I woke up on the cynical side of the bed the morning I went to hear scholarly presentations at a major international conference, the Academy of Management. I chose health care management sessions that I thought would both enlighten and inform me. Instead, I found myself being cynical. The studies were rigorous and the presentations smooth; that was not the issue. My cynicism was sparked, instead, by what I saw as underlying the studies.
Over time, fashionable names for delivery models and approaches have become distracting intellectual trends, despite best intentions for improving quality, cost and access. Various labels have been invented and given to theoretically sound approaches to organization of health care, such as vertically integrated care, integrated care, and primary care medical home. Such labels for diverse organizing approaches emphasize the macro structures of health care organizations. In and of itself, this is not a bad thing, but it has distracted attention away from the fundamentals of doing the work that is giving clinical care. These labels also tend to name the problem (e.g., lack of integration), rather than the desired outcome (e.g., wellness).
Medical and well-care modalities, diagnostics and treatments have become more complex, leading to more players being involved with any single patient. Nonetheless, at the micro level, fundamentally the tasks and activities of delivering care have not changed. What has changed is the vastly increased number of opportunities for the moment of care to go awry. My cynicism comes from an implicit belief among scholars that by changing macro structures all will be fixed, without attention to preserving the micro level service tasks and activities that are “service” and “care”. To be fair, other scholars only focus on the dynamics occurring at the micro level with minimal attention to the influence of structure on the care interaction. Ultimately, delivery of health care is delivery of a service to individuals.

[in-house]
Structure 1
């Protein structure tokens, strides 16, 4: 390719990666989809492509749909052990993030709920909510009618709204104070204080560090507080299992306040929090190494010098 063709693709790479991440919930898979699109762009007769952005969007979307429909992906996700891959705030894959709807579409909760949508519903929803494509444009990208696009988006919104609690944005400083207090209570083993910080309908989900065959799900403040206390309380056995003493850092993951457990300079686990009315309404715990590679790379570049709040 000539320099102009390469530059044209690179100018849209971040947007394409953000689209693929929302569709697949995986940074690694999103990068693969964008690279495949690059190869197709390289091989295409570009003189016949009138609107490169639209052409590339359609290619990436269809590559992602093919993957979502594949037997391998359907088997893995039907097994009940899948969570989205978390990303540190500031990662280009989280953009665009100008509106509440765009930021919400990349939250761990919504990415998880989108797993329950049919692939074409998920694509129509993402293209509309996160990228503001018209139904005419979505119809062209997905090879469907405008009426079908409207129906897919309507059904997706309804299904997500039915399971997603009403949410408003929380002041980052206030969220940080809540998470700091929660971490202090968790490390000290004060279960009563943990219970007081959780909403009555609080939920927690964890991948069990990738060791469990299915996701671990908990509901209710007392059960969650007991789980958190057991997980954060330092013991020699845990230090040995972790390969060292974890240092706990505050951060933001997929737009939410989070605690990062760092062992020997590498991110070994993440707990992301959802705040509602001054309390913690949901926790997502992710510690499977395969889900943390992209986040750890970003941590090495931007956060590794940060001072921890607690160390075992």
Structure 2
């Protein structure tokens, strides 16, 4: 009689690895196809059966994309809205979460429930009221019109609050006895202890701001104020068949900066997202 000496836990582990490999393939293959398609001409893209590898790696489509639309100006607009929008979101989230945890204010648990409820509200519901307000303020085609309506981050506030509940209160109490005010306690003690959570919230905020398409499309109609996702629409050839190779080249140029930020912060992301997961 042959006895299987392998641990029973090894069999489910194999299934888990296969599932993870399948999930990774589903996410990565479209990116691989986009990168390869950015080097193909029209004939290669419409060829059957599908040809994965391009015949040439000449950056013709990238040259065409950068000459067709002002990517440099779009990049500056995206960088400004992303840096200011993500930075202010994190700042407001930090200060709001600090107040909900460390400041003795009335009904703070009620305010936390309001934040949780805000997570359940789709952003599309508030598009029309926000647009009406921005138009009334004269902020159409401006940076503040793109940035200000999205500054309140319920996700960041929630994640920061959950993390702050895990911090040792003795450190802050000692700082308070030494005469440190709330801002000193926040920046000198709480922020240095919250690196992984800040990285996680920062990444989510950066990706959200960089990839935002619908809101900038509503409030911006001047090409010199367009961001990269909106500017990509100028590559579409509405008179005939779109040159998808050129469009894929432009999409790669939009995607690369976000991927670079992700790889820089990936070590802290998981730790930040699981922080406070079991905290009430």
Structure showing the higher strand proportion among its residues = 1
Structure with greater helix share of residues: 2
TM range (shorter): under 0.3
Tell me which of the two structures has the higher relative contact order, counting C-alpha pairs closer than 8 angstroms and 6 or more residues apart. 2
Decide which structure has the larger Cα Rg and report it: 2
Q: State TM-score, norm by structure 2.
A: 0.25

This tension between a micro, interpersonal care perspective and a macro, structural organizing perspective is not new. It forms epistemologies and implicitly drives choices in research topics and managerial approaches. As a key tension within health care organizations and health systems, it deserves explicit scholarly attention and acknowledgement. For example, do we know whether health care organizations structurally change based on findings and recommendations from clinical quality improvement initiatives, and what is involved? Conversely, do we have theories that explain how organizational structural changes ripple into changes in care processes “at the bedside”? Tensions are intellectually interesting and managerially challenging, making them ripe for both theorizing and studying. I acknowledge that the type of multi-level design needed to investigate how this tension plays out in health care organizations can be difficult to fund and carry out. That does not excuse us from, at minimum, contextualizing or embedding the level of the study as a small step toward unraveling the tension.
Health Care Management Review welcomes papers and studies that challenge current perspectives and trends, using grand and mid-range theory development and strong empirical approaches.
L. Michele Issel, PhD, RN